Molecular Neurobiology

, Volume 53, Issue 2, pp 905–931 | Cite as

The Ubiquitin-Proteasome System and Molecular Chaperone Deregulation in Alzheimer’s Disease

  • Yanuar Alan Sulistio
  • Klaus HeeseEmail author


One of the shared hallmarks of neurodegenerative diseases is the accumulation of misfolded proteins. Therefore, it is suspected that normal proteostasis is crucial for neuronal survival in the brain and that the malfunction of this mechanism may be the underlying cause of neurodegenerative diseases. The accumulation of amyloid plaques (APs) composed of amyloid-beta peptide (Aβ) aggregates and neurofibrillary tangles (NFTs) composed of misfolded Tau proteins are the defining pathological markers of Alzheimer’s disease (AD). The accumulation of these proteins indicates a faulty protein quality control in the AD brain. An impaired ubiquitin-proteasome system (UPS) could lead to negative consequences for protein regulation, including loss of function. Another pivotal mechanism for the prevention of misfolded protein accumulation is the utilization of molecular chaperones. Molecular chaperones, such as heat shock proteins (HSPs) and FK506-binding proteins (FKBPs), are highly involved in protein regulation to ensure proper folding and normal function. In this review, we elaborate on the molecular basis of AD pathophysiology using recent data, with a particular focus on the role of the UPS and molecular chaperones as the defensive mechanism against misfolded proteins that have prion-like properties. In addition, we propose a rational therapy approach based on this mechanism.


Alzheimer’s disease Ubiquitin-proteasome system Amyloid-beta Tau protein FKBP Prion-like transmission 



Amino acid


Alzheimer’s disease


A disintegrin and metalloproteinase




APP intracellular c-terminal domain


Amyotrophic lateral sclerosis


AMP-activated kinase


Amyloid plaque


Anterior pharynx-defective 1


Apolipoprotein E4


Amyloid precursor protein

Amyloid-beta peptide


Beta-site APP cleaving enzyme 1


Calcium/calmodulin-dependent protein kinase II


Cyclin-dependent kinase 5


Carboxyl terminus of HSP70-interacting protein




Creutzfeldt-Jakob disease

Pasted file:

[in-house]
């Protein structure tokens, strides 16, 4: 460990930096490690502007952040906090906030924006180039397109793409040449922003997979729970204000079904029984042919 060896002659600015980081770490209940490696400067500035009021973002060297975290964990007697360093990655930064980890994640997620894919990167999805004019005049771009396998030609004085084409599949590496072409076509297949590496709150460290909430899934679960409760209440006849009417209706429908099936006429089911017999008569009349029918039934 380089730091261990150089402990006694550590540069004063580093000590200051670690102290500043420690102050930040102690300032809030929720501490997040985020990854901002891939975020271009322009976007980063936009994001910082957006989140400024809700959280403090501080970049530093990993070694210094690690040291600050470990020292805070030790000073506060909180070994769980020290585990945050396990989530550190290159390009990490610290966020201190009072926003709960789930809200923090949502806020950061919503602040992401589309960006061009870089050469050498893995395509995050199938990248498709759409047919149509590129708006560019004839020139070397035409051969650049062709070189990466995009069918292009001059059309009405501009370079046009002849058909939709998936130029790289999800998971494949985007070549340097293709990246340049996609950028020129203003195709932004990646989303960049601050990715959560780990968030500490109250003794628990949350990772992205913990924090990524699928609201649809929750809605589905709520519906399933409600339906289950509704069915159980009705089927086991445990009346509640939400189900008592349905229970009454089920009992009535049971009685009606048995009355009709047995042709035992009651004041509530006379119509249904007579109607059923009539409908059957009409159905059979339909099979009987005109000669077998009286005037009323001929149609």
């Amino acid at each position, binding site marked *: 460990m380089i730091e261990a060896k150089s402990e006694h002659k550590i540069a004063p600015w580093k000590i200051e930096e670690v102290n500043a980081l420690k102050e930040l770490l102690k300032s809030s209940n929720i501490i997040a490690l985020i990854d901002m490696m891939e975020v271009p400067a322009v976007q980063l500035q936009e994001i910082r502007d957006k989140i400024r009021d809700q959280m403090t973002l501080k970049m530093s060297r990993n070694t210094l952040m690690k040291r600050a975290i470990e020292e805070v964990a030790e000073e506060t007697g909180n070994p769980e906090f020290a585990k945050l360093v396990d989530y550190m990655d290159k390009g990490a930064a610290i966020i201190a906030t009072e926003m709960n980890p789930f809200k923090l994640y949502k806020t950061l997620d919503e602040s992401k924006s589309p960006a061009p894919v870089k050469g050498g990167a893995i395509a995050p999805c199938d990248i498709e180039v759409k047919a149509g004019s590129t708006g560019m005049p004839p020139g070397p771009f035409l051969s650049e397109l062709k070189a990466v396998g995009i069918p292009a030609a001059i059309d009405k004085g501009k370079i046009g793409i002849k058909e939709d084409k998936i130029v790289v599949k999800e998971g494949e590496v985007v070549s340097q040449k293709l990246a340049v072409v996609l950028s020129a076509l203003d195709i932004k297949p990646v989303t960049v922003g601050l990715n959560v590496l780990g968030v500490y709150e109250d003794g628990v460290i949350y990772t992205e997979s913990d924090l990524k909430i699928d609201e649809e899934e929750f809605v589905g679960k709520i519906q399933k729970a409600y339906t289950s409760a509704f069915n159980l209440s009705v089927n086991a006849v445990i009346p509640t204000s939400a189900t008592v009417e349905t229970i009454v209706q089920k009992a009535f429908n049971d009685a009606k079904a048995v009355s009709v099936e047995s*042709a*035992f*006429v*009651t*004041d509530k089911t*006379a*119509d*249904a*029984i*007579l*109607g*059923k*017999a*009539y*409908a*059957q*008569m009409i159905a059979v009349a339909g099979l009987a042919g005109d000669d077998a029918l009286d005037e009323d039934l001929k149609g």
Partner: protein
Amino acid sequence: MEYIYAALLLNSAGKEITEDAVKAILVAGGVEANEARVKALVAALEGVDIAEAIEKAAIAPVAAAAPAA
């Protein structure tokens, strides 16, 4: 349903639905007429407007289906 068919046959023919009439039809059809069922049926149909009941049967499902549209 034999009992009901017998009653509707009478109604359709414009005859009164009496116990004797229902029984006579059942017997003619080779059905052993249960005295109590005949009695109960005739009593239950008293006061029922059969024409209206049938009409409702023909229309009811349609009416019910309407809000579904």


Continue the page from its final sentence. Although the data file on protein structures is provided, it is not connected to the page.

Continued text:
Casein kinase II


Central nervous system


Cerebrospinal fluid


Cu(II)-binding domain


Dementia with Lewy bodies


Dual-specificity tyrosine-regulated kinase 1A


Epidermal growth factor receptor


Early-onset AD


Endoplasmic reticulum


FK506-binding domain


FK506-binding protein


Frontotemporal dementia related to chr 17


Heparin-binding domain


Huntington’s disease


Heat shock protein


Intrinsically disordered protein


Kunitz-type serine protease inhibitor


Late-onset AD


Lipoprotein receptor-related protein 1


Long-term potentiation


Microtubule-associated protein


Mitogen-activated protein kinase


Microtubule-associated protein Tau


MAP/microtubule-affinity-regulating kinases


Magnetic resonance imaging


Neurofibrillary tangle


Notch intracellular domain


Neural precursor cell


Parkinson’s disease


Presenilin enhancer 2


Paired helical filament


Peptidyl-prolyl cis/trans isomerase NIMA-interacting 1


Protein kinase A


Protein kinase C


Prion protein




Regulated intramembrane proteolysis


Reticulon family protein


Superoxide dismutase 1


Subventricular zone


Tumor necrosis factor-α converting enzyme


Transient axonal glycoprotein


Tau aggregation inhibitor


TAR DNA-binding protein-43


Trans-Golgi network


Tripartite motif


Ubiquitin B


Ubiquitin C


Ubiquitin-proteasome system



This work was supported by the research fund of Hanyang University.

Conflict of Interest

The authors declare that they have no conflict of interest.


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© Springer Science+Business Media New York 2014

Authors and Affiliations

  1. 1.Graduate School of Biomedical Science and EngineeringHanyang UniversitySeongdong-guRepublic of Korea

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